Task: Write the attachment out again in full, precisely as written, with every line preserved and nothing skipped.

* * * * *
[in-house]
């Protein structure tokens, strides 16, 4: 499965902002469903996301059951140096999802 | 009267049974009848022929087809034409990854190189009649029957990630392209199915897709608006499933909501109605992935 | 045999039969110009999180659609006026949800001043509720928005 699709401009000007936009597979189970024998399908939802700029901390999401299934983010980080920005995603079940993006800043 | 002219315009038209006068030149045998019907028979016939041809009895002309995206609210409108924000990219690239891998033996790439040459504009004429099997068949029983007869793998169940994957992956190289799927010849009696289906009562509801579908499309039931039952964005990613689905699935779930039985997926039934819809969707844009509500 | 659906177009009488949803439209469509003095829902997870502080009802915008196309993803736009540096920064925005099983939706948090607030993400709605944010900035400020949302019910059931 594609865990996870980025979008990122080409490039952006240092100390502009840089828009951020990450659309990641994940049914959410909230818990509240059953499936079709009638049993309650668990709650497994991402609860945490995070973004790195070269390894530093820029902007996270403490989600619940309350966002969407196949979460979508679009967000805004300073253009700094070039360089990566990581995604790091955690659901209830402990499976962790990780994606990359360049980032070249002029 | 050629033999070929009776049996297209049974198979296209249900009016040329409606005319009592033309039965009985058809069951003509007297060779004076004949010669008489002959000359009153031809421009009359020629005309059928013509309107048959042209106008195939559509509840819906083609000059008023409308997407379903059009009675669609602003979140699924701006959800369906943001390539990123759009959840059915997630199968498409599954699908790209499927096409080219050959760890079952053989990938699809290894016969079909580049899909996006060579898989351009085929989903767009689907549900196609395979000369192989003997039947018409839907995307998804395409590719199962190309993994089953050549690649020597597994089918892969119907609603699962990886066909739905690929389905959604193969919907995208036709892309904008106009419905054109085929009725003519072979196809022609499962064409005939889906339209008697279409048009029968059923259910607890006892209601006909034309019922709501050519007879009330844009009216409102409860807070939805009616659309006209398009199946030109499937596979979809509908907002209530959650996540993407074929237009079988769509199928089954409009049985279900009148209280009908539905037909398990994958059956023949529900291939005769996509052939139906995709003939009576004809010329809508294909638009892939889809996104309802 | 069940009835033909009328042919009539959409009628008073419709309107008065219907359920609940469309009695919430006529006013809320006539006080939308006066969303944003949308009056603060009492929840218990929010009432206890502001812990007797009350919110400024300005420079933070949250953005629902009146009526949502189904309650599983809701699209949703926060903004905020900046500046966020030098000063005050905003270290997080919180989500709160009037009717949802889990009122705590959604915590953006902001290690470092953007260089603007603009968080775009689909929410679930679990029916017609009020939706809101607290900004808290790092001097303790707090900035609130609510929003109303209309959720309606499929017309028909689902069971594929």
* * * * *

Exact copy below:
[in-house]
């Protein structure tokens, strides 16, 4: 499965902002469903996301059951140096999802 | 009267049974009848022929087809034409990854190189009649029957990630392209199915897709608006499933909501109605992935 | 045999039969110009999180659609006026949800001043509720928005 699709401009000007936009597979189970024998399908939802700029901390999401299934983010980080920005995603079940993006800043 | 002219315009038209006068030149045998019907028979016939041809009895002309995206609210409108924000990219690239891998033996790439040459504009004429099997068949029983007869793998169940994957992956190289799927010849009696289906009562509801579908499309039931039952964005990613689905699935779930039985997926039934819809969707844009509500 | 659906177009009488949803439209469509003095829902997870502080009802915008196309993803736009540096920064925005099983939706948090607030993400709605944010900035400020949302019910059931 594609865990996870980025979008990122080409490039952006240092100390502009840089828009951020990450659309990641994940049914959410909230818990509240059953499936079709009638049993309650668990709650497994991402609860945490995070973004790195070269390894530093820029902007996270403490989600619940309350966002969407196949979460979508679009967000805004300073253009700094070039360089990566990581995604790091955690659901209830402990499976962790990780994606990359360049980032070249002029 | 050629033999070929009776049996297209049974198979296209249900009016040329409606005319009592033309039965009985058809069951003509007297060779004076004949010669008489002959000359009153031809421009009359020629005309059928013509309107048959042209106008195939559509509840819906083609000059008023409308997407379903059009009675669609602003979140699924701006959800369906943001390539990123759009959840059915997630199968498409599954699908790209499927096409080219050959760890079952053989990938699809290894016969079909580049899909996006060579898989351009085929989903767009689907549900196609395979000369192989003997039947018409839907995307998804395409590719199962190309993994089953050549690649020597597994089918892969119907609603699962990886066909739905690929389905959604193969919907995208036709892309904008106009419905054109085929009725003519072979196809022609499962064409005939889906339209008697279409048009029968059923259910607890006892209601006909034309019922709501050519007879009330844009009216409102409860807070939805009616659309006209398009199946030109499937596979979809509908907002209530959650996540993407074929237009079988769509199928089954409009049985279900009148209280009908539905037909398990994958059956023949529900291939005769996509052939139906995709003939009576004809010329809508294909638009892939889809996104309802 | 069940009835033909009328042919009539959409009628008073419709309107008065219907359920609940469309009695919430006529006013809320006539006080939308006066969303944003949308009056603060009492929840218990929010009432206890502001812990007797009350919110400024300005420079933070949250953005629902009146009526949502189904309650599983809701699209949703926060903004905020900046500046966020030098000063005050905003270290997080919180989500709160009037009717949802889990009122705590959604915590953006902001290690470092953007260089603007603009968080775009689909929410679930679990029916017609009020939706809101607290900004808290790092001097303790707090900035609130609510929003109303209309959720309606499929017309028909689902069971594929």